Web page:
Stoic’s tragic Viking saga of traveling across deadly country requires a very particular sound, and the studio looked to Grammy nominated composer Austin Wintory to create it. Vocal work on The Banner Saga comes from the likes of artists such as Peter Hollens and Youtube sensation Malukah, while the soundtrack’s lyrical stylings draw from Norse proverbs and poetry.

The result is one of the more unique and specific game soundtracks possibly ever created, perfectly channeling the Viking mythos at the game’s heart. Snag The Banner Saga from album’s Bandcamp page.

Civilization: Beyond Earth

Another album falling into the “sweeping epic” category is that of Civilization: Beyond Earth, which has the burden of channeling the feeling of starting and growing a colony on another world — literally the next step in the saga of humanity. Beyond Earth alternates between high orchestral tracks that convey the enormity of space, and ambient tracks that perfectly capture a feeling of exploring the unknown.

The spiffy thing about Civilization: Beyond Earth’s soundtrack is that it’s free with the game on Steam — just check the “Local Files” for the MP3s to start listening. It’s also available for purchase on iTunes and Amazon.

No More Room in Hell Original Soundtrack Vol. 1

No More Room in Hell might sound on paper a bit lighthearted and goofy — various characters somewhat recognizable from popular culture fight their way through zombie hordes in a multiplayer shooter in which cooperation is king. But the soundtrack created by Garrett “ThoughT” Lindquist is much more thoughtful, and sorrowful, than that premise might first suggest.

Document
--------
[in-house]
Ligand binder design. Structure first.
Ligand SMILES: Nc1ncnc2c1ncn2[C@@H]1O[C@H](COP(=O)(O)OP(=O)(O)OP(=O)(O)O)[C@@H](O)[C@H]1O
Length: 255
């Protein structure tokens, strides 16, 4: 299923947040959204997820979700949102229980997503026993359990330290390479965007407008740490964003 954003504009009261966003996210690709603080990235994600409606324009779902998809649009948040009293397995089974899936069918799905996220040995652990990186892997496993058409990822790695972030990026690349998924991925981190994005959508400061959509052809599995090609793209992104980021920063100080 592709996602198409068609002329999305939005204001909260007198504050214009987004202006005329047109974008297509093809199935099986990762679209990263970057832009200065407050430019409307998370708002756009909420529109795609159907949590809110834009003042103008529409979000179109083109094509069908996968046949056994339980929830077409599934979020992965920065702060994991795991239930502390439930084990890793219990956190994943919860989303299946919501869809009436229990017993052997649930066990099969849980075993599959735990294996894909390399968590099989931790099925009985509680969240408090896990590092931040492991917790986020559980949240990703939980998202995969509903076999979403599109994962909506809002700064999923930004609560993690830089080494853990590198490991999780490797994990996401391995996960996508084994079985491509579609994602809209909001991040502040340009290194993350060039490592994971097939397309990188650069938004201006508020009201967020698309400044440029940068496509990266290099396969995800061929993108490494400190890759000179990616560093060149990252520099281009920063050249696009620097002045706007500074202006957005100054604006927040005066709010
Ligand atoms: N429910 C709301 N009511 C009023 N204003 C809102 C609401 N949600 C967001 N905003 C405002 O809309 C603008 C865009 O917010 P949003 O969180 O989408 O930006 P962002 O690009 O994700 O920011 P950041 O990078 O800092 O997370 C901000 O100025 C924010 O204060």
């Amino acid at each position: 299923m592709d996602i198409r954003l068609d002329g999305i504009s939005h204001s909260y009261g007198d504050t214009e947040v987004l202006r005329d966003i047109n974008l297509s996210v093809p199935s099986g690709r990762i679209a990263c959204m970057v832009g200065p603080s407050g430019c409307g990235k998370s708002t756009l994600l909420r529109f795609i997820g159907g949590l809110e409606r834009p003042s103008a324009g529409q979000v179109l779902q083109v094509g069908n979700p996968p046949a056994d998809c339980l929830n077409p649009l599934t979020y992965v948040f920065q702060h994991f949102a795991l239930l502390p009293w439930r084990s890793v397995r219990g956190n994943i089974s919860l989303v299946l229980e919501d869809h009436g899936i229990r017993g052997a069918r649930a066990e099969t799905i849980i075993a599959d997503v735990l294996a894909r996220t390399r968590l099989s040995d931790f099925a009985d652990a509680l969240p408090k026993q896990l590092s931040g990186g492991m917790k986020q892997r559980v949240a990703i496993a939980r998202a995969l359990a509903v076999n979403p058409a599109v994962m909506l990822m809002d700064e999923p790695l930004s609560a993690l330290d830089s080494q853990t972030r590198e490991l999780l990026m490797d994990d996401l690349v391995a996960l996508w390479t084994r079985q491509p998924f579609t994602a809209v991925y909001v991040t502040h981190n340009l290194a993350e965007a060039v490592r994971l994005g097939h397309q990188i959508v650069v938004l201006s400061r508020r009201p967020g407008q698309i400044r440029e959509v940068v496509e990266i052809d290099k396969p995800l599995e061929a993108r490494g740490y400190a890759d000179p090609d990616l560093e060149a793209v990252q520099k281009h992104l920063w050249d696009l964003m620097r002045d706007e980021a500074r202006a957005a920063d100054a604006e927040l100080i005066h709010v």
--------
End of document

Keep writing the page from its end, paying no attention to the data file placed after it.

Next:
The album manages to give that sense of some emotional resonance at the end of the world — something not all zombie games or their soundtracks can really attain — while also hitting on those key elements of quickening beats to go with quickening hearts as the action rises. Check out No More Room in Hell Original Soundtrack Vol. 1 on the album’s Bandcamp page.

The Sailor’s Dream

Music is a big part of the experience of iOS title The Sailor’s Dream, with many of the secrets of the game hidden within the lyrics of songs that are only unlocked by playing on certain days. Though The Sailor’s Dream subject matter is mysterious and occasionally dark, Simogo’s title is filled with lighthearted songs that build on the childhood dreams that make up game’s premise. It balances instrumental offerings with tracks sung by vocalist Stephanie Hladowski, and offers one of the more lighthearted soundtracks of the year.

You can find all sorts of methods to buy The Sailor’s Dream on the soundtrack’s official website.

It’s worth noting that there are probably a few soundtracks out there that deserve to be on this list. One worthy honorable mention that I haven’t had a chance to properly enjoy is Killer Instinct: Season One, which throws together a hearty mix of diverse tracks, but also doesn’t skimp on the dubstep and other action game staples. Find it over at Amazon.com.

And of course, we’re always in the market for more great game music. Leave your favorites in the comments below!

Phil Hornshaw is senior editor at GameFront. Find more of his work here, and follow him and Game Front on Twitter: @philhornshaw and @gamefrontcom.